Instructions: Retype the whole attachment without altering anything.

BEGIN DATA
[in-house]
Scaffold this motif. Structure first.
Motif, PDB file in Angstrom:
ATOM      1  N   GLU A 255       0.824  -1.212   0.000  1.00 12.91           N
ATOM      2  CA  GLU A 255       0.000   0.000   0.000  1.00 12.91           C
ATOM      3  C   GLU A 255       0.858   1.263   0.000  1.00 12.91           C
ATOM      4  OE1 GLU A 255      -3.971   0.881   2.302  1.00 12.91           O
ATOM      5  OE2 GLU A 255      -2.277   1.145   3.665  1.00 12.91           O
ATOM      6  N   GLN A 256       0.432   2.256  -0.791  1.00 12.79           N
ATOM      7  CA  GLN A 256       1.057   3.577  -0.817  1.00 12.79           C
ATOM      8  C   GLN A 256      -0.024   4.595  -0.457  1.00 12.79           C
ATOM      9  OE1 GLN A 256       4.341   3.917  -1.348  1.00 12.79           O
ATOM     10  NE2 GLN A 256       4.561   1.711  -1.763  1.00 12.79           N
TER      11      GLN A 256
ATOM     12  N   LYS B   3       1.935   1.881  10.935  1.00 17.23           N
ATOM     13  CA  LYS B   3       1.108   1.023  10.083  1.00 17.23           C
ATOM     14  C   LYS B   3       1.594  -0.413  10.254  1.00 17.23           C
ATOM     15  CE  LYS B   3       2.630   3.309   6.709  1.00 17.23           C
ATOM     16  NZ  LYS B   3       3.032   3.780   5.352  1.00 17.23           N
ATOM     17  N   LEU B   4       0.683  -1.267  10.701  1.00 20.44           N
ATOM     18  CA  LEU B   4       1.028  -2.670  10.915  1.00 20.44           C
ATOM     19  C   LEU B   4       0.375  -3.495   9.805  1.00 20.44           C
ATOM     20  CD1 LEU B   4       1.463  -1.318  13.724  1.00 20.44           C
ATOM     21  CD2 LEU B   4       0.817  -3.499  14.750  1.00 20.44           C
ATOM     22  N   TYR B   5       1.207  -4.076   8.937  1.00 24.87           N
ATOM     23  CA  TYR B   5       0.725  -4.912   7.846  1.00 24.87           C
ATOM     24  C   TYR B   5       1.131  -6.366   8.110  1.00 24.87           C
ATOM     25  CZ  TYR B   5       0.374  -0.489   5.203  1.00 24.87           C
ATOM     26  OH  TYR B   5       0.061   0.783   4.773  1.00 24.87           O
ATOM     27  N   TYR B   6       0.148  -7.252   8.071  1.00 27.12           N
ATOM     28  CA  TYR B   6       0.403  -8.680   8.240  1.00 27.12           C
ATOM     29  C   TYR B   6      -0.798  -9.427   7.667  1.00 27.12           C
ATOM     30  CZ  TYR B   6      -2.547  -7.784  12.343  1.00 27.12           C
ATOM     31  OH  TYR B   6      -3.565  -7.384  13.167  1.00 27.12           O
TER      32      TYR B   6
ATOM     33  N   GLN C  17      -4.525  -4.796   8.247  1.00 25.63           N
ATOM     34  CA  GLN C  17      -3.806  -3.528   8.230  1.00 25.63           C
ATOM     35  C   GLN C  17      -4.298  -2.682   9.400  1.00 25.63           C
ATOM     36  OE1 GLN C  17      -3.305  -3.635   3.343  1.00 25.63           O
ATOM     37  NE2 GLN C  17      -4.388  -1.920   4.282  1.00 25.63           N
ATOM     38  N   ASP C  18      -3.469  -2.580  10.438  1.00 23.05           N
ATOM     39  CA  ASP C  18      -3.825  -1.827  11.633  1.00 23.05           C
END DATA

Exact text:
[in-house]
Scaffold this motif. Structure first.
Motif, PDB file in Angstrom:
ATOM      1  N   GLU A 255       0.824  -1.212   0.000  1.00 12.91           N
ATOM      2  CA  GLU A 255       0.000   0.000   0.000  1.00 12.91           C
ATOM      3  C   GLU A 255       0.858   1.263   0.000  1.00 12.91           C
ATOM      4  OE1 GLU A 255      -3.971   0.881   2.302  1.00 12.91           O
ATOM      5  OE2 GLU A 255      -2.277   1.145   3.665  1.00 12.91           O
ATOM      6  N   GLN A 256       0.432   2.256  -0.791  1.00 12.79           N
ATOM      7  CA  GLN A 256       1.057   3.577  -0.817  1.00 12.79           C
ATOM      8  C   GLN A 256      -0.024   4.595  -0.457  1.00 12.79           C
ATOM      9  OE1 GLN A 256       4.341   3.917  -1.348  1.00 12.79           O
ATOM     10  NE2 GLN A 256       4.561   1.711  -1.763  1.00 12.79           N
TER      11      GLN A 256
ATOM     12  N   LYS B   3       1.935   1.881  10.935  1.00 17.23           N
ATOM     13  CA  LYS B   3       1.108   1.023  10.083  1.00 17.23           C
ATOM     14  C   LYS B   3       1.594  -0.413  10.254  1.00 17.23           C
ATOM     15  CE  LYS B   3       2.630   3.309   6.709  1.00 17.23           C
ATOM     16  NZ  LYS B   3       3.032   3.780   5.352  1.00 17.23           N
ATOM     17  N   LEU B   4       0.683  -1.267  10.701  1.00 20.44           N
ATOM     18  CA  LEU B   4       1.028  -2.670  10.915  1.00 20.44           C
ATOM     19  C   LEU B   4       0.375  -3.495   9.805  1.00 20.44           C
ATOM     20  CD1 LEU B   4       1.463  -1.318  13.724  1.00 20.44           C
ATOM     21  CD2 LEU B   4       0.817  -3.499  14.750  1.00 20.44           C
ATOM     22  N   TYR B   5       1.207  -4.076   8.937  1.00 24.87           N
ATOM     23  CA  TYR B   5       0.725  -4.912   7.846  1.00 24.87           C
ATOM     24  C   TYR B   5       1.131  -6.366   8.110  1.00 24.87           C
ATOM     25  CZ  TYR B   5       0.374  -0.489   5.203  1.00 24.87           C
ATOM     26  OH  TYR B   5       0.061   0.783   4.773  1.00 24.87           O
ATOM     27  N   TYR B   6       0.148  -7.252   8.071  1.00 27.12           N
ATOM     28  CA  TYR B   6       0.403  -8.680   8.240  1.00 27.12           C
ATOM     29  C   TYR B   6      -0.798  -9.427   7.667  1.00 27.12           C
ATOM     30  CZ  TYR B   6      -2.547  -7.784  12.343  1.00 27.12           C
ATOM     31  OH  TYR B   6      -3.565  -7.384  13.167  1.00 27.12           O
TER      32      TYR B   6
ATOM     33  N   GLN C  17      -4.525  -4.796   8.247  1.00 25.63           N
ATOM     34  CA  GLN C  17      -3.806  -3.528   8.230  1.00 25.63           C
ATOM     35  C   GLN C  17      -4.298  -2.682   9.400  1.00 25.63           C
ATOM     36  OE1 GLN C  17      -3.305  -3.635   3.343  1.00 25.63           O
ATOM     37  NE2 GLN C  17      -4.388  -1.920   4.282  1.00 25.63           N
ATOM     38  N   ASP C  18      -3.469  -2.580  10.438  1.00 23.05           N
ATOM     39  CA  ASP C  18      -3.825  -1.827  11.633  1.00 23.05           C